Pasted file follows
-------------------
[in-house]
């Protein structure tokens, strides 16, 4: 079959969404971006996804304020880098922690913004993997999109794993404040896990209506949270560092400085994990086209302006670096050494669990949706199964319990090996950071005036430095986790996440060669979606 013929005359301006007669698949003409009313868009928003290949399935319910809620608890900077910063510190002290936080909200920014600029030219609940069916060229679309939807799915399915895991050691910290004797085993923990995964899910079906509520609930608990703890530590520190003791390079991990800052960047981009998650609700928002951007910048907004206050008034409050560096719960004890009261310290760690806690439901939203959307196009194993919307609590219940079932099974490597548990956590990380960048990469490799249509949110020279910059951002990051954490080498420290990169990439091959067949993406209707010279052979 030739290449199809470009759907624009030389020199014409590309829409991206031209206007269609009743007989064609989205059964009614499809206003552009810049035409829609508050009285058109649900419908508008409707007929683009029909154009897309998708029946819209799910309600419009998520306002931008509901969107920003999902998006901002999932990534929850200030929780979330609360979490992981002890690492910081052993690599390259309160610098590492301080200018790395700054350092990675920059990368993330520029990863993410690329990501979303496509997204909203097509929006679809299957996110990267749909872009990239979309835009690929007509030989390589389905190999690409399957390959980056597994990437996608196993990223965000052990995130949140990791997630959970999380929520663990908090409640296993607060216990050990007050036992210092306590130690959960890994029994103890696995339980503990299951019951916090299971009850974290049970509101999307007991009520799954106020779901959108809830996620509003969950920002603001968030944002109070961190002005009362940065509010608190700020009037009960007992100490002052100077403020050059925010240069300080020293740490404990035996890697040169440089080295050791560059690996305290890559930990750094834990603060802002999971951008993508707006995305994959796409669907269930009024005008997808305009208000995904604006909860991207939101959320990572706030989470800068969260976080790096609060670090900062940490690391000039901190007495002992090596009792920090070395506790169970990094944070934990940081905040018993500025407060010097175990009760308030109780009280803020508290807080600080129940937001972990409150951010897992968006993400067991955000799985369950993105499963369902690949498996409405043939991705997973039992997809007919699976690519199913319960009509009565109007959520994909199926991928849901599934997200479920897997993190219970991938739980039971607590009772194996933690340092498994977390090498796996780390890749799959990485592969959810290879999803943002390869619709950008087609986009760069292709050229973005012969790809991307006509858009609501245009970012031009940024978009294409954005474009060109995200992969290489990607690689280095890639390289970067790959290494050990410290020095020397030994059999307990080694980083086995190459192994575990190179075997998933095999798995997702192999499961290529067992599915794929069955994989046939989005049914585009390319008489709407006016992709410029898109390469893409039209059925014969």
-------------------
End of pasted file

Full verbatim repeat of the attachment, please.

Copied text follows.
[in-house]
């Protein structure tokens, strides 16, 4: 079959969404971006996804304020880098922690913004993997999109794993404040896990209506949270560092400085994990086209302006670096050494669990949706199964319990090996950071005036430095986790996440060669979606 013929005359301006007669698949003409009313868009928003290949399935319910809620608890900077910063510190002290936080909200920014600029030219609940069916060229679309939807799915399915895991050691910290004797085993923990995964899910079906509520609930608990703890530590520190003791390079991990800052960047981009998650609700928002951007910048907004206050008034409050560096719960004890009261310290760690806690439901939203959307196009194993919307609590219940079932099974490597548990956590990380960048990469490799249509949110020279910059951002990051954490080498420290990169990439091959067949993406209707010279052979 030739290449199809470009759907624009030389020199014409590309829409991206031209206007269609009743007989064609989205059964009614499809206003552009810049035409829609508050009285058109649900419908508008409707007929683009029909154009897309998708029946819209799910309600419009998520306002931008509901969107920003999902998006901002999932990534929850200030929780979330609360979490992981002890690492910081052993690599390259309160610098590492301080200018790395700054350092990675920059990368993330520029990863993410690329990501979303496509997204909203097509929006679809299957996110990267749909872009990239979309835009690929007509030989390589389905190999690409399957390959980056597994990437996608196993990223965000052990995130949140990791997630959970999380929520663990908090409640296993607060216990050990007050036992210092306590130690959960890994029994103890696995339980503990299951019951916090299971009850974290049970509101999307007991009520799954106020779901959108809830996620509003969950920002603001968030944002109070961190002005009362940065509010608190700020009037009960007992100490002052100077403020050059925010240069300080020293740490404990035996890697040169440089080295050791560059690996305290890559930990750094834990603060802002999971951008993508707006995305994959796409669907269930009024005008997808305009208000995904604006909860991207939101959320990572706030989470800068969260976080790096609060670090900062940490690391000039901190007495002992090596009792920090070395506790169970990094944070934990940081905040018993500025407060010097175990009760308030109780009280803020508290807080600080129940937001972990409150951010897992968006993400067991955000799985369950993105499963369902690949498996409405043939991705997973039992997809007919699976690519199913319960009509009565109007959520994909199926991928849901599934997200479920897997993190219970991938739980039971607590009772194996933690340092498994977390090498796996780390890749799959990485592969959810290879999803943002390869619709950008087609986009760069292709050229973005012969790809991307006509858009609501245009970012031009940024978009294409954005474009060109995200992969290489990607690689280095890639390289970067790959290494050990410290020095020397030994059999307990080694980083086995190459192994575990190179075997998933095999798995997702192999499961290529067992599915794929069955994989046939989005049914585009390319008489709407006016992709410029898109390469893409039209059925014969």